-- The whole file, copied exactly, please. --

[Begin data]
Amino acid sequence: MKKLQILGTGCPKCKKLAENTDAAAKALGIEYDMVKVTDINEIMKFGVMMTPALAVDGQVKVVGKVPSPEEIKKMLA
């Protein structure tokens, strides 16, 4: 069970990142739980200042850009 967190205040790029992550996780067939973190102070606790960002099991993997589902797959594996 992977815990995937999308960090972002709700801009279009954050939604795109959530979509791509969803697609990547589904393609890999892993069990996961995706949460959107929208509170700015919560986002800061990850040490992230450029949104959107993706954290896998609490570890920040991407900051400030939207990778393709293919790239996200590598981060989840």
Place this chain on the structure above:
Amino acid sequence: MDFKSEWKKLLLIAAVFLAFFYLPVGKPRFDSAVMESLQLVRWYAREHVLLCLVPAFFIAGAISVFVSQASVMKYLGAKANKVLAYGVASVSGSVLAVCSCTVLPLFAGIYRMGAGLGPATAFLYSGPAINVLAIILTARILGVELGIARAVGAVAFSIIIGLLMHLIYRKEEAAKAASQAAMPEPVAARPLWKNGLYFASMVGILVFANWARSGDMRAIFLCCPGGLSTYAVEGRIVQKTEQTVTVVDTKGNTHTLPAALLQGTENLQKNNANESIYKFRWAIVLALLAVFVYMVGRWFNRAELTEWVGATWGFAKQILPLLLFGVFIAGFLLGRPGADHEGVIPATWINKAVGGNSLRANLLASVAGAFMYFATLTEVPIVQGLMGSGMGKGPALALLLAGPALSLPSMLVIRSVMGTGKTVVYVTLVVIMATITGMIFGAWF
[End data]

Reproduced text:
Amino acid sequence: MKKLQILGTGCPKCKKLAENTDAAAKALGIEYDMVKVTDINEIMKFGVMMTPALAVDGQVKVVGKVPSPEEIKKMLA
């Protein structure tokens, strides 16, 4: 069970990142739980200042850009 967190205040790029992550996780067939973190102070606790960002099991993997589902797959594996 992977815990995937999308960090972002709700801009279009954050939604795109959530979509791509969803697609990547589904393609890999892993069990996961995706949460959107929208509170700015919560986002800061990850040490992230450029949104959107993706954290896998609490570890920040991407900051400030939207990778393709293919790239996200590598981060989840």
Place this chain on the structure above:
Amino acid sequence: MDFKSEWKKLLLIAAVFLAFFYLPVGKPRFDSAVMESLQLVRWYAREHVLLCLVPAFFIAGAISVFVSQASVMKYLGAKANKVLAYGVASVSGSVLAVCSCTVLPLFAGIYRMGAGLGPATAFLYSGPAINVLAIILTARILGVELGIARAVGAVAFSIIIGLLMHLIYRKEEAAKAASQAAMPEPVAARPLWKNGLYFASMVGILVFANWARSGDMRAIFLCCPGGLSTYAVEGRIVQKTEQTVTVVDTKGNTHTLPAALLQGTENLQKNNANESIYKFRWAIVLALLAVFVYMVGRWFNRAELTEWVGATWGFAKQILPLLLFGVFIAGFLLGRPGADHEGVIPATWINKAVGGNSLRANLLASVAGAFMYFATLTEVPIVQGLMGSGMGKGPALALLLAGPALSLPSMLVIRSVMGTGKTVVYVTLVVIMATITGMIFGAWF